1. GHC stands for Grace Hopper Celebration. While GHC can be confused with a conference, the “C” stands for Celebration, not for Conference. The difference is importance since it really set the tone for a fun, celebratory atmosphere. Watching so many awards for various achievements was inspiring all by itself.
  2. Melinda Gates shared in her keynote that many paths lead into technology. In addition to the many paths into tech, we have many places to end up in tech. The breath and diversity of companies at the Career Fair was truly stunning. Everyone from Neiman Marcus and Macy’s to traditional tech like Microsoft, Apple, Google to emerging Twitch and some companies that are just starting out. Plus universities were recruiting these top minds. And most surprising to me where the stolid companies who are so heavily reliant on tech to perform their own digital transformation to be relevant in the 21st-century. The US Federal Reserve System and my beloved United States Navy. All these organizations are seeking these great, capable, technical experts to help their organizations move into the future. 
  3. The diversity of all this diversity proved that we as individuals do not succeed. When we succeed, it is always as a team. We succeed together. There’s room for all of us, various places for us to be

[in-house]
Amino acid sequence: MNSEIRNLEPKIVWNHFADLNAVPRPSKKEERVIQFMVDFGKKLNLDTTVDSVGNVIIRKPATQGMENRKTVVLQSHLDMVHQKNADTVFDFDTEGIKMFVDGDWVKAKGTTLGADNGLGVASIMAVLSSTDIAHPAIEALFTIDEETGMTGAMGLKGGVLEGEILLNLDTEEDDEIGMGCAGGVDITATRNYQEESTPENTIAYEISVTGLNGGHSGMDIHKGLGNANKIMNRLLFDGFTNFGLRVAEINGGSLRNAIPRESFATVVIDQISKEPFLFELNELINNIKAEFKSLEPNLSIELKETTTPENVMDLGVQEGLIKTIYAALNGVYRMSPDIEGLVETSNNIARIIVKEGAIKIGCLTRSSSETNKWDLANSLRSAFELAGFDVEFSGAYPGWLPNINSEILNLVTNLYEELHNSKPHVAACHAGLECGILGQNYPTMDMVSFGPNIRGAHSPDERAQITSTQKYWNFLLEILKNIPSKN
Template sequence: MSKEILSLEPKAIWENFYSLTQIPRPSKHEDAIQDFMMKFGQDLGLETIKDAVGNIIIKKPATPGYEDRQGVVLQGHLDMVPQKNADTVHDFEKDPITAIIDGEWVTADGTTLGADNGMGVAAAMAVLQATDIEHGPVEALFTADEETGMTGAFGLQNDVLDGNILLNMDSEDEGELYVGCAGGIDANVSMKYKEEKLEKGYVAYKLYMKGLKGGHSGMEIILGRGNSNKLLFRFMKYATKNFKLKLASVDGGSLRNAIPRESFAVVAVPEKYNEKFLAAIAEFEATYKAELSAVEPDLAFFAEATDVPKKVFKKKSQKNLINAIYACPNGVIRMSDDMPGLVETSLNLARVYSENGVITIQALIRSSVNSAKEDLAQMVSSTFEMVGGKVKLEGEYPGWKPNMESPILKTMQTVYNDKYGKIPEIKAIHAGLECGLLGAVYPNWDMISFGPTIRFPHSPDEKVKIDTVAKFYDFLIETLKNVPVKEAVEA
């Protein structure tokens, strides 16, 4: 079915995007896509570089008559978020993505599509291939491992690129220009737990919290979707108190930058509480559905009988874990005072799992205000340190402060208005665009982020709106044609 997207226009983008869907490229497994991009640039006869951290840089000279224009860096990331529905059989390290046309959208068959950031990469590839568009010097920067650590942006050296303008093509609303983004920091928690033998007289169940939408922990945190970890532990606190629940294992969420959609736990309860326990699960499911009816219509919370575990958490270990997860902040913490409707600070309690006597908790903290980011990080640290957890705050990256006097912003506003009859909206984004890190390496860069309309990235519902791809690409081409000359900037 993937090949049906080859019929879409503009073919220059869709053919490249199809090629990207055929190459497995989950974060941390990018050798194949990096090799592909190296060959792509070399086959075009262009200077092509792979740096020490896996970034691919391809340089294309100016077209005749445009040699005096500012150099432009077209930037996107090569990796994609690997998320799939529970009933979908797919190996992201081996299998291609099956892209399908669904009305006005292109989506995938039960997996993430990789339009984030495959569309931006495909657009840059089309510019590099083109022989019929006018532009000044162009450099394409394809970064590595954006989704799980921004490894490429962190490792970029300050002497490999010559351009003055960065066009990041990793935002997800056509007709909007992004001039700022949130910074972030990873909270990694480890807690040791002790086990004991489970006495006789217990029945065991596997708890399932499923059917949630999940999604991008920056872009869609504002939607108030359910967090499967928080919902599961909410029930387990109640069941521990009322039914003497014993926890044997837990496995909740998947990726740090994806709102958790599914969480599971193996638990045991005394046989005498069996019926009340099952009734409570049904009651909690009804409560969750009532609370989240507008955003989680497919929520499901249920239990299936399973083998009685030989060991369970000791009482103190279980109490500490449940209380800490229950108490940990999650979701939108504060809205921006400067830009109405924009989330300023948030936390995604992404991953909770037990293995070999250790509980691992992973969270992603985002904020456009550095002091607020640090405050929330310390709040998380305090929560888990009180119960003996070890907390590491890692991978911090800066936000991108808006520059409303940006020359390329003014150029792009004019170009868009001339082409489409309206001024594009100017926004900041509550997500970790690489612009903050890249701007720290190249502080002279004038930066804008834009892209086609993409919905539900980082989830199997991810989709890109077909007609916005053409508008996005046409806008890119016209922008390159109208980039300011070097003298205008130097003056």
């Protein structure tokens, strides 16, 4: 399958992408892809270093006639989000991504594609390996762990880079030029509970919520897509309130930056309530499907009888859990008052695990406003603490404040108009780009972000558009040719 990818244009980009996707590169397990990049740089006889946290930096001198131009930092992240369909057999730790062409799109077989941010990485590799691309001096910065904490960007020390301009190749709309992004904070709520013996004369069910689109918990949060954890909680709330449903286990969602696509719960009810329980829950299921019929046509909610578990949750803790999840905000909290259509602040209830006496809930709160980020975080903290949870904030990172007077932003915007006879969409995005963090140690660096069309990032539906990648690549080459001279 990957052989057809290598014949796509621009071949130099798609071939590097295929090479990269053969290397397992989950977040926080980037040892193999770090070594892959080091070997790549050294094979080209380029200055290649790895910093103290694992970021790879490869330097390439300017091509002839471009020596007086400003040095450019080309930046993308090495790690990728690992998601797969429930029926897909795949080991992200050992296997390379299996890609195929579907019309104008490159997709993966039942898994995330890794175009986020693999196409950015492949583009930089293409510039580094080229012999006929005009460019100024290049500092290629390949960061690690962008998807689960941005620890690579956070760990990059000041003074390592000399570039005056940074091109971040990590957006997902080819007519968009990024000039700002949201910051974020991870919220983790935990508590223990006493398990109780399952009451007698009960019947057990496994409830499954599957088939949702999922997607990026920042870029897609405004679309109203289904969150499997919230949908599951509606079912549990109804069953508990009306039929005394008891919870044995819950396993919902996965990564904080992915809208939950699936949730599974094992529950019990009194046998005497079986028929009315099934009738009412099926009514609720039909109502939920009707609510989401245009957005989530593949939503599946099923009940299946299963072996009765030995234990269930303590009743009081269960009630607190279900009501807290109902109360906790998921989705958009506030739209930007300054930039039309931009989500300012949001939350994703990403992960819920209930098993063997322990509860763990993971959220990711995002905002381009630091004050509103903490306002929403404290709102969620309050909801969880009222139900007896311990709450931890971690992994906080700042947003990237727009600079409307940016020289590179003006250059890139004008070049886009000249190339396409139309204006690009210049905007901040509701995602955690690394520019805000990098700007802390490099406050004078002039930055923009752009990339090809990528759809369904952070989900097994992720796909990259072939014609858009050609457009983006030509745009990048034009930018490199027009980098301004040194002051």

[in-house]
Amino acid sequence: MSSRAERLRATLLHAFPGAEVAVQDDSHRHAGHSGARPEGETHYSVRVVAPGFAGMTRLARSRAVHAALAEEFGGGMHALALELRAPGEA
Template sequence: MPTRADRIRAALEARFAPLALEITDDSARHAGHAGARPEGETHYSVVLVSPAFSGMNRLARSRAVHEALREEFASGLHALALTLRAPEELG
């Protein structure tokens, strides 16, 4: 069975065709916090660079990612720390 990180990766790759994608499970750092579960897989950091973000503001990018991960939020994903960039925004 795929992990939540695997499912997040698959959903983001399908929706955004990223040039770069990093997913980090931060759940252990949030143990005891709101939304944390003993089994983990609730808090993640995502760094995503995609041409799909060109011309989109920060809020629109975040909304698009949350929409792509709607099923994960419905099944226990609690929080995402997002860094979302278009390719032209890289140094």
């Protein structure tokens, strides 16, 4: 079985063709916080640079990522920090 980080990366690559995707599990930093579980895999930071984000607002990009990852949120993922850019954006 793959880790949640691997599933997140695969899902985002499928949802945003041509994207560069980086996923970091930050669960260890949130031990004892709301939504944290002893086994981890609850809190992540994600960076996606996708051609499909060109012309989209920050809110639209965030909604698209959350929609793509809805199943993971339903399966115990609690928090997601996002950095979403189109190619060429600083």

In conclusion, I left the Grace Hopper Celebration with a renewed sense of pride in Microsoft and in my sisters in technology.

 

Getting Better by Getting Bored

When was the last time you were bored? When was the last time you lay on the grass, imaging dragons and bunnies in the clouds? When was the last time you let your mind wander without a pre-determined destination? Sat alone in silence? Daydream?

In our modern era, busyness is considered by some to be a badge of honor, or an addiction, and we are too busy to read to our children or to take vacations. Why would we even want to be bored? We feel the pressure to squeeze every productive moment from our day.

Except that we’re not being productive. We’re being busy.

When we get bored, we meet ourselves in the silence. And when we know ourselves, we know what success looks like for us. And then we can create that success and leave everything else behind.

In 2014, researchers discovered that boredom drove creativity even more than relaxation.

Find time to day to let your mind wander. Turn off the radio in the car. Leave your phone at home while you walk the dog.

Enjoy your boredom!